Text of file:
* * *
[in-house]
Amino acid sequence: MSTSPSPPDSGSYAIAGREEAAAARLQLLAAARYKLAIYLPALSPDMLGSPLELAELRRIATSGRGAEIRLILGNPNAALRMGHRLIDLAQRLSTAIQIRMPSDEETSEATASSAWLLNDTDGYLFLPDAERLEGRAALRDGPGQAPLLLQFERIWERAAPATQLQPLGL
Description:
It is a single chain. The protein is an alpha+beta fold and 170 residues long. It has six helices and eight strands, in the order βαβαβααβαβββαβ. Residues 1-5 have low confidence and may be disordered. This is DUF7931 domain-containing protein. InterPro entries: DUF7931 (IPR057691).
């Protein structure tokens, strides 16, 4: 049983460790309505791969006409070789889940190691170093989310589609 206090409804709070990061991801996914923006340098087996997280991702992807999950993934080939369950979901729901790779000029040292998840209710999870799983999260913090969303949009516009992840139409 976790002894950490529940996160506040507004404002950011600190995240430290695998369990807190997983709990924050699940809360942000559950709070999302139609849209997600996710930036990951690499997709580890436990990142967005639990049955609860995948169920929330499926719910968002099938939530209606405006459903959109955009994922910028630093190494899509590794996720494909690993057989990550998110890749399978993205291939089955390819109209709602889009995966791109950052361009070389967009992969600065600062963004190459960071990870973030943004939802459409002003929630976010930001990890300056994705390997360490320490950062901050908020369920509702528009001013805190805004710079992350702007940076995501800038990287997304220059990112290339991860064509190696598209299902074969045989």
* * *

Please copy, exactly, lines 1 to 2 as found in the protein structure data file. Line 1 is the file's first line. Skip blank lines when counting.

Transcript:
[in-house]
Amino acid sequence: MSTSPSPPDSGSYAIAGREEAAAARLQLLAAARYKLAIYLPALSPDMLGSPLELAELRRIATSGRGAEIRLILGNPNAALRMGHRLIDLAQRLSTAIQIRMPSDEETSEATASSAWLLNDTDGYLFLPDAERLEGRAALRDGPGQAPLLLQFERIWERAAPATQLQPLGL